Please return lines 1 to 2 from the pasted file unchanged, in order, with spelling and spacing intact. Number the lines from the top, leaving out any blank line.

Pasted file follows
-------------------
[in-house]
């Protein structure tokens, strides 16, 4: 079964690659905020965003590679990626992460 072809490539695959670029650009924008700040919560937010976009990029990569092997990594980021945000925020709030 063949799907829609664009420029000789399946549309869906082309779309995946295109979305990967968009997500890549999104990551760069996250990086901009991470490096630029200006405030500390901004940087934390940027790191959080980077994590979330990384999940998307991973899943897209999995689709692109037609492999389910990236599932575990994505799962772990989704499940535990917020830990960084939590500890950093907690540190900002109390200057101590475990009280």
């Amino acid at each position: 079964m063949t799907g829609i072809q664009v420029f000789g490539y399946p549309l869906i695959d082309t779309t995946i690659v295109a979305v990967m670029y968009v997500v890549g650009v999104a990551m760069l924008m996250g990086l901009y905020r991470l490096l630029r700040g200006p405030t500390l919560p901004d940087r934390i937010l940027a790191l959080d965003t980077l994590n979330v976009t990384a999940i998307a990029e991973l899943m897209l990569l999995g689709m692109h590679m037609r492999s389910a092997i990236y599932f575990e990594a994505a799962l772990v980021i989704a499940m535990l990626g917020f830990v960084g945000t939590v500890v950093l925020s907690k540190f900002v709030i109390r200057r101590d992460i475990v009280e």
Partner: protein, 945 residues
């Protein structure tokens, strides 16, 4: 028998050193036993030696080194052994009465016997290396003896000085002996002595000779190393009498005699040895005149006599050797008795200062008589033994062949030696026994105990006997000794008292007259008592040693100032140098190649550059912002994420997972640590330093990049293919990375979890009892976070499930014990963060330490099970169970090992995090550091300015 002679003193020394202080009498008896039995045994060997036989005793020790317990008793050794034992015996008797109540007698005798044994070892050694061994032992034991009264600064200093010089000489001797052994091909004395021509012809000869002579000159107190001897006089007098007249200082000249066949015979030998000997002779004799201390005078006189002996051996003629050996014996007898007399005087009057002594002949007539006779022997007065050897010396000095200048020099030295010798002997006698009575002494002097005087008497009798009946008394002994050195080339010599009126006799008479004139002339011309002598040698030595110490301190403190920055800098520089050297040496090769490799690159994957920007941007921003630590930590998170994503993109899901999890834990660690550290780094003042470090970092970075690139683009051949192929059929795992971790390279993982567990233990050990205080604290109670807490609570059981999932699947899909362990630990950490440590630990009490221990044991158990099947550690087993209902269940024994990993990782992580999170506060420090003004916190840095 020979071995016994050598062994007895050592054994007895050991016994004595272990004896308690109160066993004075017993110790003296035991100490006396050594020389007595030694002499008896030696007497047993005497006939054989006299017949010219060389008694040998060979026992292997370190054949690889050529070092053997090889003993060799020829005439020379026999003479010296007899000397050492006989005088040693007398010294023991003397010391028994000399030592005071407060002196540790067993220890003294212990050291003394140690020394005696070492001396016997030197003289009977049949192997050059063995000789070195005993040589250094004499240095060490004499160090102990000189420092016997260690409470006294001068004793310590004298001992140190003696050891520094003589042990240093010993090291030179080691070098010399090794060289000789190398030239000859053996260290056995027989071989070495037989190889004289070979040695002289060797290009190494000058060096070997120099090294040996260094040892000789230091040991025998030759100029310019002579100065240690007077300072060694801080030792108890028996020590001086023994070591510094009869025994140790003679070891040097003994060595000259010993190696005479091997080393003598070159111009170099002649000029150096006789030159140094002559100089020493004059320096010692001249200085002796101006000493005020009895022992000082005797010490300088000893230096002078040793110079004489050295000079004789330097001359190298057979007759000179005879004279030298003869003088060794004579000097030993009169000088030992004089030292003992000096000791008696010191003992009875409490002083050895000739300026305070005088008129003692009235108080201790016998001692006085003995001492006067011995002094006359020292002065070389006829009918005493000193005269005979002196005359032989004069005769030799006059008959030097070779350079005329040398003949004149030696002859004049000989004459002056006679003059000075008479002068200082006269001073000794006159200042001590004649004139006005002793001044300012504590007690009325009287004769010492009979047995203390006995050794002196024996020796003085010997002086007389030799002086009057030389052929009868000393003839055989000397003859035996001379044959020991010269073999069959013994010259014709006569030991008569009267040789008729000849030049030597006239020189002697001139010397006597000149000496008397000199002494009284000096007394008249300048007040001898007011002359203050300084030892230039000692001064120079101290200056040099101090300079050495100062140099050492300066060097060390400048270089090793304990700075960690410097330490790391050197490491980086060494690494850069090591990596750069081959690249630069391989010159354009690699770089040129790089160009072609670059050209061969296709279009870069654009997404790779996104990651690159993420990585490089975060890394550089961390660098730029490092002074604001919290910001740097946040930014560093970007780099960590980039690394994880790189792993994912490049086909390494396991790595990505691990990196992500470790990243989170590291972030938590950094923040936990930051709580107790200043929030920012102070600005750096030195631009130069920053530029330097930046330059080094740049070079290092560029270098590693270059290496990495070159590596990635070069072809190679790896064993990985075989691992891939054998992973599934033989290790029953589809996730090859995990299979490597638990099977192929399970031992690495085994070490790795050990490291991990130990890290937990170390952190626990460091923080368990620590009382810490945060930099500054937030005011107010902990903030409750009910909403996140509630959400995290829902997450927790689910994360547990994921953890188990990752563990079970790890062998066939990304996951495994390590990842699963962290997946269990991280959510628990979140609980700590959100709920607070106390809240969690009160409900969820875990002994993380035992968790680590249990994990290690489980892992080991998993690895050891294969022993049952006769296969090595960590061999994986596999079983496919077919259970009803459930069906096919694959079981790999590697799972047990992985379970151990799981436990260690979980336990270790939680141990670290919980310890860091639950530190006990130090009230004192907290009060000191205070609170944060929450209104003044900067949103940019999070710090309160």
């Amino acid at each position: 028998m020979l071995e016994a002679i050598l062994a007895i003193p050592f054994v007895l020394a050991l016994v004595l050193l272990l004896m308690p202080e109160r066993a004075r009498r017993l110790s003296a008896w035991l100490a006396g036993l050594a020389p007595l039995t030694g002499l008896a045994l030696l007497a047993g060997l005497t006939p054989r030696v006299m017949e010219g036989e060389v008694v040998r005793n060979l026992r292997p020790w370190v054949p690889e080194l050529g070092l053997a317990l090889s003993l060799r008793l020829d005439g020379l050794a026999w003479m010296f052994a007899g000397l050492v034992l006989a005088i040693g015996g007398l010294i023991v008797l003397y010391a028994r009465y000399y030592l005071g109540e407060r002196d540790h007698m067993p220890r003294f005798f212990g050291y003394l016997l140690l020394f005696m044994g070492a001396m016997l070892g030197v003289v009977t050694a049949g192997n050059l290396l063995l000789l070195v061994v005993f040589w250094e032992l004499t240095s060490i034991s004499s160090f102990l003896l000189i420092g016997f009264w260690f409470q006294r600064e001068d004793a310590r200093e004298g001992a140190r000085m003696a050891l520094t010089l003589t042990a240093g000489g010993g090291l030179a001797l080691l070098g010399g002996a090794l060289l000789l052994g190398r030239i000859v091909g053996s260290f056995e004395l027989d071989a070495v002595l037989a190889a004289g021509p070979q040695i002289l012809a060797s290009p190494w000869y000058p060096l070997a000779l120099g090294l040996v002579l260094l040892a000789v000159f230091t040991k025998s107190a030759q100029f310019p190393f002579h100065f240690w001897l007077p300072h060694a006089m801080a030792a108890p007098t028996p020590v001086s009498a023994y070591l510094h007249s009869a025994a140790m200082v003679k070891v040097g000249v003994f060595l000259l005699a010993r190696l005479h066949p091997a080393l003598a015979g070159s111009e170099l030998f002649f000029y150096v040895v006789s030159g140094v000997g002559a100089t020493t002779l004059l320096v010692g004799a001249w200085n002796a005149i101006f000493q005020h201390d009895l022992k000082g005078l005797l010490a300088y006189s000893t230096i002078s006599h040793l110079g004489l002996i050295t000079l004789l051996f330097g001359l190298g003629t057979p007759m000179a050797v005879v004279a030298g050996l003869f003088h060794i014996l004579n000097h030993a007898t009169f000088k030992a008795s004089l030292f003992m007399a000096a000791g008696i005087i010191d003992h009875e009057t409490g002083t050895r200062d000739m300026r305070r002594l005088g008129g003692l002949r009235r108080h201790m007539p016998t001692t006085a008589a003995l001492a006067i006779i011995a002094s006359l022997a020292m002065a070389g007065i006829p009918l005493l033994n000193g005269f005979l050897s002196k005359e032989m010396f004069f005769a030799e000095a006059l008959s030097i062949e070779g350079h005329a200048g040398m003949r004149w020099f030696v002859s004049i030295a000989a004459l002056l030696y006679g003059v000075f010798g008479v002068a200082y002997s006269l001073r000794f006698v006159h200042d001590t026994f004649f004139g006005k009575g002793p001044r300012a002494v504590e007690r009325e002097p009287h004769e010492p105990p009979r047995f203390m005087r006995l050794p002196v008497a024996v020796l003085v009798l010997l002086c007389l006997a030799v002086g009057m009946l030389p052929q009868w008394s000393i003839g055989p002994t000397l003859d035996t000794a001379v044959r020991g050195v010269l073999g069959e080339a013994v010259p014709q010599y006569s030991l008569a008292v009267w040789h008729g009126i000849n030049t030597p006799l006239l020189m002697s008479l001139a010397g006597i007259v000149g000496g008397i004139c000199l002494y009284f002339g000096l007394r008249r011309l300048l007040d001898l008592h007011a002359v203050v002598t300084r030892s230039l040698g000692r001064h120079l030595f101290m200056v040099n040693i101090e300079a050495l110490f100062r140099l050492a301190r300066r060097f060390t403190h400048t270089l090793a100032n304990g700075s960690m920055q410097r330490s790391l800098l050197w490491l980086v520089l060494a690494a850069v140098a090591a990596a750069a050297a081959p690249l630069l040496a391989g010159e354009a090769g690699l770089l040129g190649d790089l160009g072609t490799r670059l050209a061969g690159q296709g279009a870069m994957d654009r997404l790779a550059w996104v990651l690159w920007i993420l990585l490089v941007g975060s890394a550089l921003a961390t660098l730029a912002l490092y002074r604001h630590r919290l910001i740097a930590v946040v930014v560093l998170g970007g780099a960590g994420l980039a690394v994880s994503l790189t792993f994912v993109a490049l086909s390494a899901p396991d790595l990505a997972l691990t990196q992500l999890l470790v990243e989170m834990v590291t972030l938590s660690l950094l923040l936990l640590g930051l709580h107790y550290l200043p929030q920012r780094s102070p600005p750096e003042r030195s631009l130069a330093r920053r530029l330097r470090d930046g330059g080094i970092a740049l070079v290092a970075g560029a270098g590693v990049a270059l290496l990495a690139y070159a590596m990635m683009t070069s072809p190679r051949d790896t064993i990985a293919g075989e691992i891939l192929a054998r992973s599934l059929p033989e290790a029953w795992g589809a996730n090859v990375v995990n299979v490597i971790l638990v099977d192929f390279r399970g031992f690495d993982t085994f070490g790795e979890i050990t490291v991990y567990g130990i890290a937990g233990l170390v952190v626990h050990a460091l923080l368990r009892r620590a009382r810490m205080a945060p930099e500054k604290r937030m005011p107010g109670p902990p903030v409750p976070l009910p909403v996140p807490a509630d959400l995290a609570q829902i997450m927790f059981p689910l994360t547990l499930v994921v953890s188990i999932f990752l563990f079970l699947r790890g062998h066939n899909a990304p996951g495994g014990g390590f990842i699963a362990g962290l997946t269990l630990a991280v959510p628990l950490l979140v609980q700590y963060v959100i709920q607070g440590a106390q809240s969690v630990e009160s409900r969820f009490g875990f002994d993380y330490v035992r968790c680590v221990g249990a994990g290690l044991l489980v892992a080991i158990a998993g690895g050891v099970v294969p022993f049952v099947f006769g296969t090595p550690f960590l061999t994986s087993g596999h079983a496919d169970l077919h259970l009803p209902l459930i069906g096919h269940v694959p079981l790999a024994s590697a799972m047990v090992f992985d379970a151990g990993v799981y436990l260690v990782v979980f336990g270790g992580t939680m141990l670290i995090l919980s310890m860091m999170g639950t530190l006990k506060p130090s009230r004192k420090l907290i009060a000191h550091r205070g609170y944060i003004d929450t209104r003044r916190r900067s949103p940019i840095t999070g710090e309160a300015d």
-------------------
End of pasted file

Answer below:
[in-house]
């Protein structure tokens, strides 16, 4: 079964690659905020965003590679990626992460 072809490539695959670029650009924008700040919560937010976009990029990569092997990594980021945000925020709030 063949799907829609664009420029000789399946549309869906082309779309995946295109979305990967968009997500890549999104990551760069996250990086901009991470490096630029200006405030500390901004940087934390940027790191959080980077994590979330990384999940998307991973899943897209999995689709692109037609492999389910990236599932575990994505799962772990989704499940535990917020830990960084939590500890950093907690540190900002109390200057101590475990009280």